An online guide to quantitative genetics and the G-matrix
Individuals have many traits, such as body size, coloration, shape, and even susceptibility to disease. Most of these traits are determined by a combination of genetic factors and environmental effects. For example, an individual raised in a particularly nutritious environment could grow to a larger size than an individual raised in a nutrient-poor environment. This difference would be due to environmental effects. On the other hand, two individuals in the same environment could grow to different sizes as a consequence of their genes. Such differences would be due to genetic effects.
The proportion of the phenotypic variation due to additive genetic effects for a single trait is described by the heritability (h2), which ranges from 0 to 1. If the heritability is 1, then an offspring is exactly intermediate between the two parents. For a trait with a heritability of 0, the offspring would be no more similar to its own parents than to a random individual from the population. As a measure of the amount of trait variation in the population that is due to genetic differences among individuals, the heritability is very important to evolutionary biology. Most importantly, the heritability describes how a trait will respond to selection. Traits with more genetic variation respond more rapidly to natural or artificial selection, and the response to selection is given by the breeder's equation:
The response to selection, R, is just the selection differential, S, times the heritability. The selection differential is easiest to understand in the context of artificial selection. It might be desirable to select for domesticated animals that grow quickly, for example, a goal that could be accomplished by using the fastest growing individuals as the breeders to produce the next generation of offspring. The growth rate of the breeders minus the growth rate of the entire population (including the breeders) is the selection differential. The selection differential also turns out to equal the covariance between trait values and relative fitness. All of this stuff about heritability is covered in more detail in basic evolutionary textbooks than we can provide here. Since this website is about the G-matrix, we should move on to a phenotype with multiple traits.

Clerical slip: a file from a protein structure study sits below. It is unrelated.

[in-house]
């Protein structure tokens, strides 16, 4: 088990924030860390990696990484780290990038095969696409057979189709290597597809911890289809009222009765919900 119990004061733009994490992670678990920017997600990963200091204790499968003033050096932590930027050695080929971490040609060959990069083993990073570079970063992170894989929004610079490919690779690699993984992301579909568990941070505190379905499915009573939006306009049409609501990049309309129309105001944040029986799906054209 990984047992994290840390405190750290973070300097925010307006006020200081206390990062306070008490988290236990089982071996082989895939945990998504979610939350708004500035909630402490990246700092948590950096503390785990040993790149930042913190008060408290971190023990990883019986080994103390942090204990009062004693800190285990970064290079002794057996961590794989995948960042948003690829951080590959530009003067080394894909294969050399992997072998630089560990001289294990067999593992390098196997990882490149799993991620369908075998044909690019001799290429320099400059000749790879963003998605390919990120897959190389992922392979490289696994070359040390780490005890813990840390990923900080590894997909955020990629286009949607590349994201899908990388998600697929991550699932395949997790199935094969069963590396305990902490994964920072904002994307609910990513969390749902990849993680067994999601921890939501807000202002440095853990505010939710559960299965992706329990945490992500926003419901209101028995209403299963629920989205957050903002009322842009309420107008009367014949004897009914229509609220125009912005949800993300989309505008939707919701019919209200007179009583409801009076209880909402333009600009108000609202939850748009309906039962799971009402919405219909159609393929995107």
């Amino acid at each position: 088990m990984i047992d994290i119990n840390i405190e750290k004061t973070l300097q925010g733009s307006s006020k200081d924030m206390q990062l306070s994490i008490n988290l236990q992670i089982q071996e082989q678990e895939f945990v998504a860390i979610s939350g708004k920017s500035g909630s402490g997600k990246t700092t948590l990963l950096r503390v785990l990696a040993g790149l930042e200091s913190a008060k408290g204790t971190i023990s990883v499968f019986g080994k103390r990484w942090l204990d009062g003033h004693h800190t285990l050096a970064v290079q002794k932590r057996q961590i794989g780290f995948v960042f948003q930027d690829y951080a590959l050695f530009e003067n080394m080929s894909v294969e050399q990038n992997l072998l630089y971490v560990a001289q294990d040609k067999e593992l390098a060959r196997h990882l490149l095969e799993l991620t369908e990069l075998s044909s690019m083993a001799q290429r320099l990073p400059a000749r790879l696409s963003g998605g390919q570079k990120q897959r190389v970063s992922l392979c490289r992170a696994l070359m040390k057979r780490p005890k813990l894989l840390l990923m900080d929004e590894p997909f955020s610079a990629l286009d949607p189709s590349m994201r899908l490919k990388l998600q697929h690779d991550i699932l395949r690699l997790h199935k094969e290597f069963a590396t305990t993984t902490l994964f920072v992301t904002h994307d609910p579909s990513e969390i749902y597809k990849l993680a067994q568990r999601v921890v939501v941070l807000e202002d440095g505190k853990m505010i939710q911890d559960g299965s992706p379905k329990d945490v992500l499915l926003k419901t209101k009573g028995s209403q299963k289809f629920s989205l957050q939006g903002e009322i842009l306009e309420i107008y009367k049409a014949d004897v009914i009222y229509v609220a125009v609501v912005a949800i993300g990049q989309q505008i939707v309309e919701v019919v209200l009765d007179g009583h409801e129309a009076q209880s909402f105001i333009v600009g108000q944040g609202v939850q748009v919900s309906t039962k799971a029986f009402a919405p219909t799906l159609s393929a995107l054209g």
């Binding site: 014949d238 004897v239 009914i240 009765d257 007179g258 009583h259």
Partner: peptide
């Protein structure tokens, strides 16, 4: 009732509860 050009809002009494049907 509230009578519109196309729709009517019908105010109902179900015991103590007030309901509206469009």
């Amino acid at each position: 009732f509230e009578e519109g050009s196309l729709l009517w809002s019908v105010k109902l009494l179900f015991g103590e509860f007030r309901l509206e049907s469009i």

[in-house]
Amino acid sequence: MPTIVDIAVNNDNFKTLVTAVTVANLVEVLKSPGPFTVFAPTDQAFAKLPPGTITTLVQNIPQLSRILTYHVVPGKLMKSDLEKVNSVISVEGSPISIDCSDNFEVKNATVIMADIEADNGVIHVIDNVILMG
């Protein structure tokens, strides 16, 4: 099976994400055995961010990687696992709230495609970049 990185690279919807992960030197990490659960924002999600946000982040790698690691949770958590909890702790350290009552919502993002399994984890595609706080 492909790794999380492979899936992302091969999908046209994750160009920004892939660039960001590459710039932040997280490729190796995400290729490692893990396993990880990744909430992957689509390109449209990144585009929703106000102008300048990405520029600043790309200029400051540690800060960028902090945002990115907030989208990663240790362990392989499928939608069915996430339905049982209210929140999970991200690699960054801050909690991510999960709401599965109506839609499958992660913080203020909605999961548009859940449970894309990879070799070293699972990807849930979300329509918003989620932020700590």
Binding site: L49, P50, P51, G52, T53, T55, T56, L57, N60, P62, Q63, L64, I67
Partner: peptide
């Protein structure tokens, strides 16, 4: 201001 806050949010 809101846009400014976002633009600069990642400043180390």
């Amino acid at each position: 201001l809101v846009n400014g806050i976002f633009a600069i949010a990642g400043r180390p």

The G-matrix is important because organisms have multiple traits and some of these traits are related at the level of the genome. For example, several traits may be affected by the same set of genes, and selection on one of the traits would result in changes in the others. These traits would be genetically correlated with one another. The G-matrix describes these genetic correlations. For two traits, the G-matrix looks like this:
The additive genetic variances for trait one and trait two are given by G11 and G22, and G12 is the additive genetic covariance. The covariance is similar to the correlation, except correlations are standardized to take values between -1 and +1 while covariances are not. Thus, the G-matrix tells us how much genetic variation each trait has, as well as the extent to which the traits are genetically correlated with one another. The importance of the G-matrix can be seen by its role in the multivariate breeder's equation:
In this equation, Δz is a vector of changes in mean trait values and β is a vector of selection gradients for the traits (similar to selection differentials). Here is the equation with the G-matrix and vectors written out for the two trait case:
The subscripts indicate the trait, so Δz1 is the change in the mean of trait one, Δz2 is the change in the mean of trait two, β1 is the selection gradient for trait one, and β2 is the selection gradient for trait two. For people unfamiliar with linear algebra, the relationship can be rewritten as a system of two equations in the two-trait case just by following the rules of matrix and vector multiplication. Here are the equations in regular algebra:
From these equations, it is very easy to see why the G-matrix is important. The change in the trait one mean, for example, depends partially on the trait one selection differential multiplied by the genetic variance for the trait and partly on the genetic covariance between trait one and trait two multiplied by the selection differential on trait two. Thus, selection on trait two can cause a correlated response to selection on trait one if the two traits are genetically correlated.